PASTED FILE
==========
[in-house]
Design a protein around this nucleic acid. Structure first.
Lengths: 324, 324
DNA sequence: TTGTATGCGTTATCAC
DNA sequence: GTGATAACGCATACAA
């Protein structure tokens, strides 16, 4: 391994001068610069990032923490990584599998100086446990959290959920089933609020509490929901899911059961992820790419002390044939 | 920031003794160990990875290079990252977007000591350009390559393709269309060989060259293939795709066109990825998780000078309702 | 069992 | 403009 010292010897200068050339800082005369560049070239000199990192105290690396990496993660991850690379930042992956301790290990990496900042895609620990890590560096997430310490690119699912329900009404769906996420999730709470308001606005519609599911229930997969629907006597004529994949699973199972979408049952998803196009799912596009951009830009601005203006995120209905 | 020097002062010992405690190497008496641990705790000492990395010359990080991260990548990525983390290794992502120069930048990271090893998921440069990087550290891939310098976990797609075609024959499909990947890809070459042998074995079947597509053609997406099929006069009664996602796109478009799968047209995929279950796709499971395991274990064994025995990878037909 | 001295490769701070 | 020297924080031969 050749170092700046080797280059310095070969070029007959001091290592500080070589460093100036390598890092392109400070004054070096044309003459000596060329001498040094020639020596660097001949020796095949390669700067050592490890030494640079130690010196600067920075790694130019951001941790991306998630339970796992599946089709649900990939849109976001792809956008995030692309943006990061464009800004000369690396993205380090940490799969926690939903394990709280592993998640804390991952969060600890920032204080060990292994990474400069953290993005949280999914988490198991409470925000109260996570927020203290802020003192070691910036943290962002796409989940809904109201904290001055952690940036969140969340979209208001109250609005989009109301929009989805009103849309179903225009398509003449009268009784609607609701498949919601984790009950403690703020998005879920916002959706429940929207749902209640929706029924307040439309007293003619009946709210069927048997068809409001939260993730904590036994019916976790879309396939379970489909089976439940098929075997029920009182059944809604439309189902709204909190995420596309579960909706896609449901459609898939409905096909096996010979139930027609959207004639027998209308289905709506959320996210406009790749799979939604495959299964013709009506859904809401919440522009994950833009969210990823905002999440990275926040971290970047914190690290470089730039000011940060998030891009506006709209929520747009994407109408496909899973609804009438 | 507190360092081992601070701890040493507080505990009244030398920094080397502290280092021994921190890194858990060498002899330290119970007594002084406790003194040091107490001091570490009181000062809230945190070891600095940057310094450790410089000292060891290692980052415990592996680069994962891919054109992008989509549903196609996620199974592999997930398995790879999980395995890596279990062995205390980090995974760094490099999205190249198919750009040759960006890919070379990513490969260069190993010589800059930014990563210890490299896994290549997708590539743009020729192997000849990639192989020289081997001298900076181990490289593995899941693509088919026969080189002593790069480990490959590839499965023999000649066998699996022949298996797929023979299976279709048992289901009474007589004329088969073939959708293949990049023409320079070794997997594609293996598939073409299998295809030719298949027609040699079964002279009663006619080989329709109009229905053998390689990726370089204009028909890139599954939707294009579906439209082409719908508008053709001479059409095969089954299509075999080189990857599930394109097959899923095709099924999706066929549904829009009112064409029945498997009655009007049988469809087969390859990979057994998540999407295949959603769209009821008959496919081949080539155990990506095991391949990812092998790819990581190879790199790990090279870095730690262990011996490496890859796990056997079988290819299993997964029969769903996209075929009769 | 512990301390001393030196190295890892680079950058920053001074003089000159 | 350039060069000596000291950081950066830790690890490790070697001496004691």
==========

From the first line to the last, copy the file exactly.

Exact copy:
[in-house]
Design a protein around this nucleic acid. Structure first.
Lengths: 324, 324
DNA sequence: TTGTATGCGTTATCAC
DNA sequence: GTGATAACGCATACAA
């Protein structure tokens, strides 16, 4: 391994001068610069990032923490990584599998100086446990959290959920089933609020509490929901899911059961992820790419002390044939 | 920031003794160990990875290079990252977007000591350009390559393709269309060989060259293939795709066109990825998780000078309702 | 069992 | 403009 010292010897200068050339800082005369560049070239000199990192105290690396990496993660991850690379930042992956301790290990990496900042895609620990890590560096997430310490690119699912329900009404769906996420999730709470308001606005519609599911229930997969629907006597004529994949699973199972979408049952998803196009799912596009951009830009601005203006995120209905 | 020097002062010992405690190497008496641990705790000492990395010359990080991260990548990525983390290794992502120069930048990271090893998921440069990087550290891939310098976990797609075609024959499909990947890809070459042998074995079947597509053609997406099929006069009664996602796109478009799968047209995929279950796709499971395991274990064994025995990878037909 | 001295490769701070 | 020297924080031969 050749170092700046080797280059310095070969070029007959001091290592500080070589460093100036390598890092392109400070004054070096044309003459000596060329001498040094020639020596660097001949020796095949390669700067050592490890030494640079130690010196600067920075790694130019951001941790991306998630339970796992599946089709649900990939849109976001792809956008995030692309943006990061464009800004000369690396993205380090940490799969926690939903394990709280592993998640804390991952969060600890920032204080060990292994990474400069953290993005949280999914988490198991409470925000109260996570927020203290802020003192070691910036943290962002796409989940809904109201904290001055952690940036969140969340979209208001109250609005989009109301929009989805009103849309179903225009398509003449009268009784609607609701498949919601984790009950403690703020998005879920916002959706429940929207749902209640929706029924307040439309007293003619009946709210069927048997068809409001939260993730904590036994019916976790879309396939379970489909089976439940098929075997029920009182059944809604439309189902709204909190995420596309579960909706896609449901459609898939409905096909096996010979139930027609959207004639027998209308289905709506959320996210406009790749799979939604495959299964013709009506859904809401919440522009994950833009969210990823905002999440990275926040971290970047914190690290470089730039000011940060998030891009506006709209929520747009994407109408496909899973609804009438 | 507190360092081992601070701890040493507080505990009244030398920094080397502290280092021994921190890194858990060498002899330290119970007594002084406790003194040091107490001091570490009181000062809230945190070891600095940057310094450790410089000292060891290692980052415990592996680069994962891919054109992008989509549903196609996620199974592999997930398995790879999980395995890596279990062995205390980090995974760094490099999205190249198919750009040759960006890919070379990513490969260069190993010589800059930014990563210890490299896994290549997708590539743009020729192997000849990639192989020289081997001298900076181990490289593995899941693509088919026969080189002593790069480990490959590839499965023999000649066998699996022949298996797929023979299976279709048992289901009474007589004329088969073939959708293949990049023409320079070794997997594609293996598939073409299998295809030719298949027609040699079964002279009663006619080989329709109009229905053998390689990726370089204009028909890139599954939707294009579906439209082409719908508008053709001479059409095969089954299509075999080189990857599930394109097959899923095709099924999706066929549904829009009112064409029945498997009655009007049988469809087969390859990979057994998540999407295949959603769209009821008959496919081949080539155990990506095991391949990812092998790819990581190879790199790990090279870095730690262990011996490496890859796990056997079988290819299993997964029969769903996209075929009769 | 512990301390001393030196190295890892680079950058920053001074003089000159 | 350039060069000596000291950081950066830790690890490790070697001496004691």